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Empathetic Leadership: A Skill or an Innate Trait?

Nov 1, 2019

What’s the most important quality of a leader? It can be hard to know exactly what makes a good leader, but a good indication is how employees feel about leaders and their qualities. According to a recent study of 5,600 people in 77 organizations, “the ability of a leader to be empathetic and compassionate has the greatest impact on organizational profitability and productivity.” So when asked what makes a good leader, you might think that delegation abilities and hard work are key, but it turns out that being an empathetic person is crucial, especially to employees. 

This may seem like a buzzword in corporate culture, but the reality is that it’s much more than a buzzword. It’s a crucial element of success in the business setting, and without it managers are likely to fail. Feelings and emotions are key to making sure leaders can make strong, good connections with their employees. Without getting emotions involved, leaders aren't able to make their employees feel comfortable and excited about their job.

The meaning of the term empathy.

Empathy is a distinct facet of your emotional intelligence. It is similar to sympathy and compassion, but it is slightly different. The basic definition of empathy is that you have the ability to recognize, understand, and feel the emotions of other people. It also means you can respond appropriately to some other person's thoughts and feelings.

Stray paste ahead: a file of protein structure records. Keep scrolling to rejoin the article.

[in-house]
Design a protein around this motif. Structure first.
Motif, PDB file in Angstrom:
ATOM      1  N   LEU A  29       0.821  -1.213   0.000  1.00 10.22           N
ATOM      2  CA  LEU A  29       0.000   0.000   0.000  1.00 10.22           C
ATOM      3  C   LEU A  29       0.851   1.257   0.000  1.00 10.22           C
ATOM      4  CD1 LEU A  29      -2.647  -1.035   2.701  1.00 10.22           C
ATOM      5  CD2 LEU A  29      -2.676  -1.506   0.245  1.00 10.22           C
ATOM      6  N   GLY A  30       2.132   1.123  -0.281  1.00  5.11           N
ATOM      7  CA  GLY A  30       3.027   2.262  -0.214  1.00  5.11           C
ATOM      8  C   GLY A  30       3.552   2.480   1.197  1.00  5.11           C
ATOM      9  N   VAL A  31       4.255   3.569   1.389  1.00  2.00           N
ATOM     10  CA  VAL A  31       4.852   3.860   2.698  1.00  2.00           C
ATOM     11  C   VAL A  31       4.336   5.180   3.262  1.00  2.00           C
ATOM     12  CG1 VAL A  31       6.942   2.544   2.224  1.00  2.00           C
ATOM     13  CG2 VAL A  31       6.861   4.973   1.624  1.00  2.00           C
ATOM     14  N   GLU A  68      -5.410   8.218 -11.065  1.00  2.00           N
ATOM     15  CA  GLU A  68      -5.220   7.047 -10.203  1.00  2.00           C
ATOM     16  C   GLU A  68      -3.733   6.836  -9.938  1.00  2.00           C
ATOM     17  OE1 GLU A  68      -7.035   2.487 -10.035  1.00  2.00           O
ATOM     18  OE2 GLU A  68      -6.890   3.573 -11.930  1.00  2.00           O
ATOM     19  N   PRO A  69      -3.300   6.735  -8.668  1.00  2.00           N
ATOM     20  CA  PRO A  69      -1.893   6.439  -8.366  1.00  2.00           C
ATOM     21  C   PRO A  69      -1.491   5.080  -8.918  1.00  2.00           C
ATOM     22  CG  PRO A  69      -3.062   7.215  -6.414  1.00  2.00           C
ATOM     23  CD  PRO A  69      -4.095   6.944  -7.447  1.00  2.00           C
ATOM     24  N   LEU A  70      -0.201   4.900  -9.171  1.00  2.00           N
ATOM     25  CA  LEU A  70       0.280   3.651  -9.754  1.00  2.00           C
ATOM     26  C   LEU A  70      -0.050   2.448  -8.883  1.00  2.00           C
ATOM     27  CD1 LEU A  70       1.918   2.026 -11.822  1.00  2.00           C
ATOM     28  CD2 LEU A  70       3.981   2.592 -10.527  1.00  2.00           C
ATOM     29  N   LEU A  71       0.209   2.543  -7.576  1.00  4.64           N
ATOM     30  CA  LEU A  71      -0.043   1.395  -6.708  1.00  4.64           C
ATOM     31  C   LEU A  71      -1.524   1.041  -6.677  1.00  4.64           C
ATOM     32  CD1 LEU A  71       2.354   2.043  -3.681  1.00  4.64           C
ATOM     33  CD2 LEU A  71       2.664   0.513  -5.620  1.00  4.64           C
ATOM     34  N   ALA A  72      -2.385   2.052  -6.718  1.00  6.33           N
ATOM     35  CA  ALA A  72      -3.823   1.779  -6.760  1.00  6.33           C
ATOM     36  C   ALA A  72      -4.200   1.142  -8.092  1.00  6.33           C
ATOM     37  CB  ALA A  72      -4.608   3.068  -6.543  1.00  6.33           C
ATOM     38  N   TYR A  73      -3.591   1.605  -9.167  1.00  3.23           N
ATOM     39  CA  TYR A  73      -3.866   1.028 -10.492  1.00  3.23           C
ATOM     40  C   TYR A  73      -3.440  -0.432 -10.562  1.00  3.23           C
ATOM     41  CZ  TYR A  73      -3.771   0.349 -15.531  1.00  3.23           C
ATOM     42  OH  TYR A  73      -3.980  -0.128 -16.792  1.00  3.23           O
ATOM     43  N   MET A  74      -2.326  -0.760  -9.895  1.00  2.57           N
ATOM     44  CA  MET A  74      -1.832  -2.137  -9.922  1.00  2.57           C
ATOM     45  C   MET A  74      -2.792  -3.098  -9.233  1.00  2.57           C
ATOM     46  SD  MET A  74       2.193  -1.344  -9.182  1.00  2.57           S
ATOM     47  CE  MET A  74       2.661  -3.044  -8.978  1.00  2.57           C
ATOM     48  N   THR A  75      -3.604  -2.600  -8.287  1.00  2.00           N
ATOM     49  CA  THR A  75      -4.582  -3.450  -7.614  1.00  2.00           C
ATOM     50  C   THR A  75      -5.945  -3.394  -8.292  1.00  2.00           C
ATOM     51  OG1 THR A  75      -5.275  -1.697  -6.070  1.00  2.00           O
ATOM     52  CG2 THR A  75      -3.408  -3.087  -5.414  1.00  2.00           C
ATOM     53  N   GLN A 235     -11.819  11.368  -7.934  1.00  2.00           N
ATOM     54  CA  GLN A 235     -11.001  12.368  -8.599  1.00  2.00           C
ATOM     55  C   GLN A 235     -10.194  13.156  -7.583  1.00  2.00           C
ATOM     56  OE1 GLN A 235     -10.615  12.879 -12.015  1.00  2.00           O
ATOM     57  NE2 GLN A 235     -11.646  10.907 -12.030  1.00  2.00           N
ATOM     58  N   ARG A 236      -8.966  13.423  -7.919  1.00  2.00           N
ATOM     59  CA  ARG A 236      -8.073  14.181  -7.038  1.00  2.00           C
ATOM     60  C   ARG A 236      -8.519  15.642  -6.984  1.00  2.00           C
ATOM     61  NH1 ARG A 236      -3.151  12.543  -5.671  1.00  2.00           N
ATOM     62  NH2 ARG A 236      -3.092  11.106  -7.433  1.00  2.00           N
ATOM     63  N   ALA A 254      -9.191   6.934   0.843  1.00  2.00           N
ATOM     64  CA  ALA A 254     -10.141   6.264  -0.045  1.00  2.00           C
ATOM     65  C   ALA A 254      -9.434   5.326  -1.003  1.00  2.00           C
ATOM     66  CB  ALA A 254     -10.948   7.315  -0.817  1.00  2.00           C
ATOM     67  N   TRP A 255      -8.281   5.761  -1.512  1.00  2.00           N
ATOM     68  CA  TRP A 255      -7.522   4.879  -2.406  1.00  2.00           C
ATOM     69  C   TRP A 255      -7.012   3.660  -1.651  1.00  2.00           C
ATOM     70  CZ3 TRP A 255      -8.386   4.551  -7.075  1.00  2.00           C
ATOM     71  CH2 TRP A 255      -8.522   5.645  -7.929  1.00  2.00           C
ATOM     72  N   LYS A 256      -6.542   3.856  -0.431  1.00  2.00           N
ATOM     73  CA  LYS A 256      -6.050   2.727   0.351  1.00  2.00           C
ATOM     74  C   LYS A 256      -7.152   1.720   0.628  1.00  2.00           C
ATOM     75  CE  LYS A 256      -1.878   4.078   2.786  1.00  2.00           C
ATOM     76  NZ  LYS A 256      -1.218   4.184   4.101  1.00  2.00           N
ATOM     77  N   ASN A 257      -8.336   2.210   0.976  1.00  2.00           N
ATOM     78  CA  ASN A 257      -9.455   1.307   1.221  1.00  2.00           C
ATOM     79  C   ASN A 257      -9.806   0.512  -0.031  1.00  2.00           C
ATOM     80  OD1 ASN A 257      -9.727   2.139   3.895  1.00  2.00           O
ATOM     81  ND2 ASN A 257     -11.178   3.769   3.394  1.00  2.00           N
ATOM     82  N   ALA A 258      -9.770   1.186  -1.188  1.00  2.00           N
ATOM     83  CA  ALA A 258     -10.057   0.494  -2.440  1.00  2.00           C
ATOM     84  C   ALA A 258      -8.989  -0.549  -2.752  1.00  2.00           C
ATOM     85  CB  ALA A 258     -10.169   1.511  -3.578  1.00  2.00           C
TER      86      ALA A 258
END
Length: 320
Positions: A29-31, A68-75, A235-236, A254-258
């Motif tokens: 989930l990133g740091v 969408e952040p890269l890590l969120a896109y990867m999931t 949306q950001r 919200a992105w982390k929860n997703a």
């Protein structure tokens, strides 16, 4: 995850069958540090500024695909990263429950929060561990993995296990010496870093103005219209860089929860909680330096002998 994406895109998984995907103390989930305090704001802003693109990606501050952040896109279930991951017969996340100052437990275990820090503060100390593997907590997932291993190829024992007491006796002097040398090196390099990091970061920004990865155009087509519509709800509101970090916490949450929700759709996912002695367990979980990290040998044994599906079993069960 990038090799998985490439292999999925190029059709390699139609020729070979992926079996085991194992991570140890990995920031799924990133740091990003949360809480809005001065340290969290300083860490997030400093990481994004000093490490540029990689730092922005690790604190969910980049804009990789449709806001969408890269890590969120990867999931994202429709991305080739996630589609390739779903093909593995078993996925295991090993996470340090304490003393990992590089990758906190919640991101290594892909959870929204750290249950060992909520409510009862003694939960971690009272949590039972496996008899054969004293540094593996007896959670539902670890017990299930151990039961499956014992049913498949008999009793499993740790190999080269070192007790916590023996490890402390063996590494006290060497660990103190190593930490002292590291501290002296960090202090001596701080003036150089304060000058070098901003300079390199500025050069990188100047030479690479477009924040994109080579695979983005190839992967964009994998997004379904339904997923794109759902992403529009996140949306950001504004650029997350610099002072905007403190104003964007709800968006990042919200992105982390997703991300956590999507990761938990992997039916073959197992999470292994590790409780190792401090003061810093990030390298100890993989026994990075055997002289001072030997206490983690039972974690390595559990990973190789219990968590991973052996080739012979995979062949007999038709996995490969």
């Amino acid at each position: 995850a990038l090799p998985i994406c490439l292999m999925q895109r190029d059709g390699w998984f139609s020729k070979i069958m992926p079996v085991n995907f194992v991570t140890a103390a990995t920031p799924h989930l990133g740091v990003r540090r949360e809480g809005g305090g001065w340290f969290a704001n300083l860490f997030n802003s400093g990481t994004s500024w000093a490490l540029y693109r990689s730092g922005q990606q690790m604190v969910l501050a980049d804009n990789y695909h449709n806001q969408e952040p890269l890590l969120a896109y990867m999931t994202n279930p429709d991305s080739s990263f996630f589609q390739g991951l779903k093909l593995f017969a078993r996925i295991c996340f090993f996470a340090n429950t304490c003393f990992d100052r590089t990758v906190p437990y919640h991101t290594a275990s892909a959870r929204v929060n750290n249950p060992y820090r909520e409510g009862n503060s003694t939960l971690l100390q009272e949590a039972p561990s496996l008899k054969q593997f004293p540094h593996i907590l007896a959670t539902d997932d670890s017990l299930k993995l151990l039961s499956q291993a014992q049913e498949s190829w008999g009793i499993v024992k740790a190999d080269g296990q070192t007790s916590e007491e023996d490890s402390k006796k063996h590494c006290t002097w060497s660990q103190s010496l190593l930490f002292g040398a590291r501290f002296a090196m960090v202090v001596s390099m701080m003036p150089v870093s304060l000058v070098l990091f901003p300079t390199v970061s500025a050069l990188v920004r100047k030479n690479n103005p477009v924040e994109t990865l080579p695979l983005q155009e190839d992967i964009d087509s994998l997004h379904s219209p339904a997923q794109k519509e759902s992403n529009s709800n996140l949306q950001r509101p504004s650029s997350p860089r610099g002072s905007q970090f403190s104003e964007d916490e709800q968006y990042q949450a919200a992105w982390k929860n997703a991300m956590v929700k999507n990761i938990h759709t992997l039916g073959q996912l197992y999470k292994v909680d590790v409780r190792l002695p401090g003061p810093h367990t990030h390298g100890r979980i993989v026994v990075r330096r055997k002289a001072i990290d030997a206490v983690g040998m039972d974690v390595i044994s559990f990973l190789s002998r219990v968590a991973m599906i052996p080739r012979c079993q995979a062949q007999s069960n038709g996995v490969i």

In a business setting, understanding the emotional needs of other people can look like a manager recognizing that an employee is having a family emergency, and needs some time off. It can also look like a team leader meeting with a team member to discuss some friction with some other person on the team, and how everyone can work better together. It can look like leaders creating a culture of collaboration instead of competition, of sympathy and understanding during emotional times, taking genuine interest in their employees, and leading by example. There are many situations where compassion is not only a nice quality for business leaders to have, but essential to them connecting with their employees and helping them be productive. 

Why is empathy important for leaders?

Managers and executives should strive to empathize with other people in the workplace. It allows them to connect with the people in their organization, improving loyalty and giving employees another reason to love your company. 

When employees feel they have understanding from their leaders, they’re more happy about coming to work and doing their job. This leads to increased productivity and profitability. It can also lead to better interactions with customers, because employees are happy to be at work and want to do a good job. When you have happy customers, you get good reviews. And this can directly impact your success in the marketplace.

Similarly, a lack of sympathy and understanding from leaders can leave employees feeling that they aren’t cared about and don't have anyone to understand them and their perspective. Employees who feel like they’re just cogs in a machine instead of human beings are likely to become dissatisfied with work. They aren’t going to be committed to your organization or to their job performance. This can lead to issues within your organization, and with customers as well. 

Can leaders learn affective empathy skills?

So how do you cultivate the ability to empathize as a leader? Emotional empathy has actually been found to be a genetic trait that’s inherent, more so than taught. Women also tend to be more empathetic than men, but on the whole, every person has their own genetic predisposition for emotional connection and sympathy. This also is indicated by the fact that individuals with autism have the genetic variants also associated with lower feelings of empathy. More research is being done on the genetic connections with emotional intelligence, but it’s important to note that if you don’t that empathizing comes naturally to you, there’s a chance it doesn’t.